Smith v. Hawthorne et al

Filing 32

DECISION AND ORDER: ORDERED that 31 Report and Recommendation is adopted in its entirety. ORDERED that 26 Motion for Judgment on the Pleadings is granted. Signed by U.S. District Judge Mae A. D'Agostino on 1/28/13. {order served via regular mail on plaintiff}(nas)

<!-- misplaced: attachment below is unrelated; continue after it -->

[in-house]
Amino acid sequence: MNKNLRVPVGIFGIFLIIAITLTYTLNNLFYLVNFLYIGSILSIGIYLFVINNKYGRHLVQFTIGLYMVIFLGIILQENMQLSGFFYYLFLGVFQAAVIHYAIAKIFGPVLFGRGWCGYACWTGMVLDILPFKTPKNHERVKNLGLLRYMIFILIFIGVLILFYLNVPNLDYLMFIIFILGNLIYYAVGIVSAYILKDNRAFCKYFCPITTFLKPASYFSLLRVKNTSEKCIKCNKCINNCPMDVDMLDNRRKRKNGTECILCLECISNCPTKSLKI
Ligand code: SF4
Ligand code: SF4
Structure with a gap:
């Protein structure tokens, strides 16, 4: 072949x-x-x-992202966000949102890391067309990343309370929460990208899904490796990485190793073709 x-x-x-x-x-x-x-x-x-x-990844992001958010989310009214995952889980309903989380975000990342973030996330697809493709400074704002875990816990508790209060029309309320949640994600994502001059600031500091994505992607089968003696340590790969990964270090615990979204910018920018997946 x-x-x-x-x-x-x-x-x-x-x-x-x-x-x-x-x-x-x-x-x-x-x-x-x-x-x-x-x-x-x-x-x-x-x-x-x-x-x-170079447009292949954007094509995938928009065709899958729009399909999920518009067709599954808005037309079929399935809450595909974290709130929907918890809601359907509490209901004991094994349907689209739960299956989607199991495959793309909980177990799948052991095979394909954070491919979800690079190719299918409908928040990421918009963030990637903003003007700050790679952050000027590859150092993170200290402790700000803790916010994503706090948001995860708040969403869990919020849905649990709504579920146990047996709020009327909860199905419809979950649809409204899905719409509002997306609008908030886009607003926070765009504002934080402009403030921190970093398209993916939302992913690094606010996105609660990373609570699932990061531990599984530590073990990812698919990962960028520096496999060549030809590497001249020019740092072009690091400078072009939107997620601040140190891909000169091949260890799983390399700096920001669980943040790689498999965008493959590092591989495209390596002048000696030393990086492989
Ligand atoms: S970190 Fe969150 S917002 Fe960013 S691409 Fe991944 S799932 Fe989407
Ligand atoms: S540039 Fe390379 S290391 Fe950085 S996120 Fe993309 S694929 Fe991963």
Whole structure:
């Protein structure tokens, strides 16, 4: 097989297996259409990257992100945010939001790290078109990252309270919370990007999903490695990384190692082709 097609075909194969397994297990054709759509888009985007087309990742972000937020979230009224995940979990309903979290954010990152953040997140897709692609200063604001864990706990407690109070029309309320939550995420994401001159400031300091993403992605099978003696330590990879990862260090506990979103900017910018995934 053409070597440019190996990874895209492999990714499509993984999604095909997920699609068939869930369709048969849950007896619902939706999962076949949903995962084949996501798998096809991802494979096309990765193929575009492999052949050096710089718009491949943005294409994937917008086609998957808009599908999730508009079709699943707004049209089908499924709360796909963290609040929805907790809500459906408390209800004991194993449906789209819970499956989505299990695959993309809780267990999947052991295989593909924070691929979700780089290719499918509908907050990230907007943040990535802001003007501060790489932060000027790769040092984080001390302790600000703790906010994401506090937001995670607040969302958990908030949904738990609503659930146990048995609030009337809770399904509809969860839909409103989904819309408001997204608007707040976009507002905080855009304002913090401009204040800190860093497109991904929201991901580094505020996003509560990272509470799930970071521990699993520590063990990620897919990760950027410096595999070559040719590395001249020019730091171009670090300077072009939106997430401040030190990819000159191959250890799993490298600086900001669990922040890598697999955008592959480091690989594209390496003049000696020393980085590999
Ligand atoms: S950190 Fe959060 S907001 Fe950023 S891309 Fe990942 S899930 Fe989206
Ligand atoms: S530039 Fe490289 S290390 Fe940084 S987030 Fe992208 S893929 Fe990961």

Download PDF